Suppose that $g(t)$ is a lowpass complex signal with magnitude (solid line) and phase (dashed line)

enter image description here

To modulate $g(t)$ into a bandpass equivalent signal $f(t)$ with center frequency $f_c$, we compute the in-phase and quadrature components of $g(t)$ as \begin{align} g_I(t) &= \text{Re}\{g(t)\} \\ g_Q(t) &= \text{Im}\{g(t)\} \end{align} and then compute $$ f(t) = g_I(t)\cos(2\pi f_c t) - g_Q(t) \sin(2\pi f_c t) \tag{1} \label{eq1} $$ To make sense of \eqref{eq1}, I am curious to know what $g_I(t)$ and $g_Q(t)$ would look like in the frequency domain as a function of $G(f)$, the Fourier transform of $g(t)$ shown in the picture above. In other words, what does taking the real part and imaginary part do to what is shown in the picture above?


1 Answer 1






the corresponding Fourier transforms are


which is the even part of $G(f)$, and


which is the odd part of $G(f)$ (times $1/j$).

It is easier to visualize what's happening if you write the bandpass signal as

$$f(t)=\textrm{Re}\left\{g(t)e^{j2\pi f_ct}\right\}\tag{1}$$

From $(1)$ you can see that you just shift the spectrum of the complex baseband signal to the center frequency $f_c$, and by taking the real part, you just get a mirror-image copy at $-f_c$, because - as explained above - the real part in the time domain corresponds to the even part in the frequency domain.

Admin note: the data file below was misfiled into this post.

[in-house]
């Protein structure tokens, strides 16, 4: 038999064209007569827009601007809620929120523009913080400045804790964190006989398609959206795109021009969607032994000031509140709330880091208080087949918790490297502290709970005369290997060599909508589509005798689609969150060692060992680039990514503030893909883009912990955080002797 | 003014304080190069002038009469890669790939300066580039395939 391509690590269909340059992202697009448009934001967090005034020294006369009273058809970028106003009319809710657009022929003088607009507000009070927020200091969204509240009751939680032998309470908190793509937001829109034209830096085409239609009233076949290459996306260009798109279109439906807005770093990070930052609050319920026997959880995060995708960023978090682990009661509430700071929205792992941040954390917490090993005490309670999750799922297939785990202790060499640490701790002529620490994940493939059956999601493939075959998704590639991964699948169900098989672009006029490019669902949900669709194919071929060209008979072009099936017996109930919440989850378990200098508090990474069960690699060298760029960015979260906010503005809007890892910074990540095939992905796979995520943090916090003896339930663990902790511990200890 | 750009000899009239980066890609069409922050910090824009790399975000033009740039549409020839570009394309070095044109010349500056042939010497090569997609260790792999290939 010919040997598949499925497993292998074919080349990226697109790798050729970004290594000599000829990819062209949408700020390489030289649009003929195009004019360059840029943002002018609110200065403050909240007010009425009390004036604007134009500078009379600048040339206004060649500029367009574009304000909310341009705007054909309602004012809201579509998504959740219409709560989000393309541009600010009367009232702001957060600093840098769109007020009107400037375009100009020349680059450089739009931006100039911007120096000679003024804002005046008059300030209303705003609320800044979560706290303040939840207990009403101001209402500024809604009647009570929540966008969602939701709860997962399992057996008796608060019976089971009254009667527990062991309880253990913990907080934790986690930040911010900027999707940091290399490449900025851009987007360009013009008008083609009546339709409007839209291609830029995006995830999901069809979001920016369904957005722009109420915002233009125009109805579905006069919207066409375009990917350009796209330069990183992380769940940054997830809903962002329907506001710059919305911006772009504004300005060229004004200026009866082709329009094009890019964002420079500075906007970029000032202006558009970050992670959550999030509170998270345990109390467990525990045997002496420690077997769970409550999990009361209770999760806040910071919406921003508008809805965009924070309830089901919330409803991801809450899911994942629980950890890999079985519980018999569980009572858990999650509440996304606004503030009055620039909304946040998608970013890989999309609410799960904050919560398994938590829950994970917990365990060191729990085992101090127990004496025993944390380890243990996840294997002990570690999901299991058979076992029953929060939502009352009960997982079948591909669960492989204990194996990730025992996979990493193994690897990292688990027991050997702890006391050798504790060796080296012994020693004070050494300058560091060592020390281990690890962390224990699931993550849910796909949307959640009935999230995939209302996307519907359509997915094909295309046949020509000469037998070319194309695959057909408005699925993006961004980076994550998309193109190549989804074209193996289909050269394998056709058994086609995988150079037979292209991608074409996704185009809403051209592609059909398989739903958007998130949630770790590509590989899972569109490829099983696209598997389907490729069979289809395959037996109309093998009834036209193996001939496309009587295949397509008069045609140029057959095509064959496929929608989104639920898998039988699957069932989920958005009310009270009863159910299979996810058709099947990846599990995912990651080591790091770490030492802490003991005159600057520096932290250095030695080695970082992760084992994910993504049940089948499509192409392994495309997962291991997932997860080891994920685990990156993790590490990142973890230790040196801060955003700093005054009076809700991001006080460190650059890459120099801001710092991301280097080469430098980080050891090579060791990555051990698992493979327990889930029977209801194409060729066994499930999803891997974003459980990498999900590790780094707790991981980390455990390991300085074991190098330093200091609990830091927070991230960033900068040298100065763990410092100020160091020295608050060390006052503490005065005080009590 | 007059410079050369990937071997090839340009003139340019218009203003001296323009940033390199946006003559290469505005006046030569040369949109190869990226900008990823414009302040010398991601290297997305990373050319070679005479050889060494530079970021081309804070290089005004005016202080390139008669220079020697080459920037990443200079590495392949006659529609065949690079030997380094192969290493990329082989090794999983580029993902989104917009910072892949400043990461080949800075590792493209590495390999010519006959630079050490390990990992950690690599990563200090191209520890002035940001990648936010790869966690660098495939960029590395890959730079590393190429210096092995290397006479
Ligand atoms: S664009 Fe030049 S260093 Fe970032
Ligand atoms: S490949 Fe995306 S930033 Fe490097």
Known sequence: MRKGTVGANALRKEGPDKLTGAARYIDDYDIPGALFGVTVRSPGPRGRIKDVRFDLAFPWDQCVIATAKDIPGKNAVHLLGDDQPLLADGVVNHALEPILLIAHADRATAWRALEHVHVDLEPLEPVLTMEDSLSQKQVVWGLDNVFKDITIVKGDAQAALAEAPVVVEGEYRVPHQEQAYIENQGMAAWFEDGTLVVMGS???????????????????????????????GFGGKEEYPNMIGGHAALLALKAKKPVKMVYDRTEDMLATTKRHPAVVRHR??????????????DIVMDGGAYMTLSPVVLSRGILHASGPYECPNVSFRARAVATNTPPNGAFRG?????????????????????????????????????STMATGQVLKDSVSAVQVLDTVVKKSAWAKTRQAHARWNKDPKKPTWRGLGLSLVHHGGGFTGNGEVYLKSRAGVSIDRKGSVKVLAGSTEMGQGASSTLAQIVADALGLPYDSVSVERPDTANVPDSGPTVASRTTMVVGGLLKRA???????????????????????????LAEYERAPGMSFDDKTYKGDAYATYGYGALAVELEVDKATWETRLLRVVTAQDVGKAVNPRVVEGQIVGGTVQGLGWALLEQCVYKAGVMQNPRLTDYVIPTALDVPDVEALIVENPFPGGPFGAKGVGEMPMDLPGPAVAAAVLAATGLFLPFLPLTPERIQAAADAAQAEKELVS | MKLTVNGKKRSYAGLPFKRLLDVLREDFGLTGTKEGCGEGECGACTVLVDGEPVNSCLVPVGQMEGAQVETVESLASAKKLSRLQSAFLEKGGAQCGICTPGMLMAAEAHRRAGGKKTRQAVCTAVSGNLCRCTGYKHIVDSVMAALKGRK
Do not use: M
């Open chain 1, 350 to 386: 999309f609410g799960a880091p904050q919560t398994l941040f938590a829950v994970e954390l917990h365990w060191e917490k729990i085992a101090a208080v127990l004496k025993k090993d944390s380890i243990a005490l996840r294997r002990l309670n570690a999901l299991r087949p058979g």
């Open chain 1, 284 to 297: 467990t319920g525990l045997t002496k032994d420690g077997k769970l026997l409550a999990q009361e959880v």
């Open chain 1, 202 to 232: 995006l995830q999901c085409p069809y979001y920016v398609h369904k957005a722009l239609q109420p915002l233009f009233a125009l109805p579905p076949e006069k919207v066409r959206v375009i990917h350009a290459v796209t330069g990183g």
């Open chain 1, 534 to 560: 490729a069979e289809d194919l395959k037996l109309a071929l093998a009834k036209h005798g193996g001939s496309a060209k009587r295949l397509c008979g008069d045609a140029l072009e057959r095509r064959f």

• $\begingroup$ Thanks for the great answer! Two questions: (1) in your eq (1), shouldn't $g(t)e^{j2\pi f_ct}$ be multiplied by $2$ before taking the real part? and (2) I am guessing then that the demodulation process would involve expanding your eq (1) and then solving for $g(t)$ in terms of $f(t)$, correct? $\endgroup$
    – mhdadk
    Commented Jan 18, 2022 at 23:27
  • $\begingroup$ And $1/j = -j$. $\endgroup$ Commented Jan 19, 2022 at 3:58
  • 1
    $\begingroup$ @mhdadk: If you expand Eq. (1) then you get exactly your Eq. (1), so there's no factor 2 involved. Demodulation would mean to shift the spectrum down to DC (by multiplying $f(t)$ with a complex carrier). Then you'd apply a lowpass filter to remove the term at twice the carrier frequency. $\endgroup$
    – Matt L.
    Commented Jan 19, 2022 at 8:49

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